AD Main Menu

Compass: Parnell puts party before Alaskans' health

Gov. Sean Parnell's decision not to expand Medicaid and not accept millions of federal dollars to pay for it is shortsighted. His decision in 2010 to join with other Republican governors to overturn the federal Affordable Care Act was a money-wasting effort when the Supreme Court refused to find the ACA unconstitutional. In early 2011, Parnell refused to set up a statewide marketplace that would provide thousands of Alaskans easy access to affordable health insurance. Fortunately, the federal government will help Alaskans get that coverage anyway, and for Alaskan women, this is critically important.

The Affordable Care Act (ACA) ensures most American citizens access to affordable and comprehensive health care. Young people may stay on a parent's health insurance until age 26, children and adults with preexisting conditions may no longer be denied coverage, insurance providers may no longer cancel or drop coverage when their insured customers become sick, and the law prohibits lifetime limits on most benefits (NWLC.org).

The ACA is the most expansive development in women's health care in a generation. Discrimination against women with higher premiums or denial of maternity coverage is prohibited. Reproductive services including cervical exams and cancer screenings, maternity care, birth control, and breast-feeding support and supplies are newly covered as mandatory preventive care, available to women with no co-pays or deductible costs. Domestic violence (DV) screening and counseling is also covered as preventive services. This change in the law has already benefited millions of women, including approximately 60,000 Alaska women in 2011 and 2012 (NWLC.org).

The ACA's DV provisions especially benefit Alaska, where a recent UAA Justice Department survey reveals that a disproportionately high number of Alaska women, more than half, have experienced intimate partner sexual violence and/or domestic violence in their lifetimes.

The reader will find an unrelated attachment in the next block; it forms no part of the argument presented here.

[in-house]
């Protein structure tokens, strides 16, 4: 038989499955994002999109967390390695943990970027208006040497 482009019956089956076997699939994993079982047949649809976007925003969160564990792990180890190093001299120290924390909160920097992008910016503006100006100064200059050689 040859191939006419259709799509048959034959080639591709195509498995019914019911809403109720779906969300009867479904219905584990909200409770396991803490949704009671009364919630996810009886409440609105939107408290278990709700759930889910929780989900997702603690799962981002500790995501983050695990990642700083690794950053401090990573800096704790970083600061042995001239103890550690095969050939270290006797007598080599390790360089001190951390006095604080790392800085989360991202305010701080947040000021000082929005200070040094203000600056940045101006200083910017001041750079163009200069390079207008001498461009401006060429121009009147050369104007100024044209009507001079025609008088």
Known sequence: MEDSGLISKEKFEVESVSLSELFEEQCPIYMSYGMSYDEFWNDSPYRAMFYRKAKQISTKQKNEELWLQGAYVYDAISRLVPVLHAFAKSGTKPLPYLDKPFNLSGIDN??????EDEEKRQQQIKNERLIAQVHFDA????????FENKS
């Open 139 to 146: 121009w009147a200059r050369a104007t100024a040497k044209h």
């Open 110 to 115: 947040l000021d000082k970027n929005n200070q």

Typical DV batterers use harassment, sabotage, isolation, neglect, threats of harm, violence, and financial manipulation to entrap their victims. The ACA's health coverage will provide trapped, battered Alaska women increased financial security that could empower them to escape their lives of servitude, submission, despair, and injury, as well as take their children out of their atrocious environment of maltreatment and violence, perpetrated by Alaska batterers.

Unfortunately, Alaska's Governor Parnell has joined other states, with mostly Republican governors, who attempt to obstruct or sabotage the ACA's implementation whenever possible. In addition to the failed lawsuit and failure to provide Alaskans their own federally funded marketplace, Governor Parnell again joined 24 of those governors and decided to not expand Medicaid, with 100 percent federal funding in 2014. His decision effectively sabotaged the ACA's coverage of uncompensated care costs for about 40,000 impoverished Alaskans, continuing to pass those costs on to insured Alaskans in 2014.

In his announcement, the governor often stated that he and his administration needed more time, a year, to gather more data, develop "a better understanding" of uncompensated care and access, and "craft a proposal" for an alternative plan to expansion. That doesn't make sense, given that he could expand now, take the 100 percent federal coverage for costs, cover all Alaskans, and when he gets that information, he could opt out or continue the expansion based on real facts.

Governor Parnell also reasoned that he would not accept the billions of dollars in federal coverage because "there is no guarantee" the U.S. government will not "cut and run." That's also odd. He's telling us that to receive billions from the U.S. government, he needs additional guarantees. But he needed and received no guarantees when he gave oil companies billions in tax credits for increased oil production.

Despite all that, there is still some hope for uncompensated care costs for the extremely poor. There is always next year, when we can hope that either Gov. Parnell or a new governor will have all their facts, better understand the issue, and join the currently 25 other states and the District of Columbia that sensibly chose to expand Medicaid for 2014.

Barbara McDaniel is a lifelong Alaska resident and President of the Alaska National Organization for Women (NOW) chapter.

 



By BARBARA MCDANIEL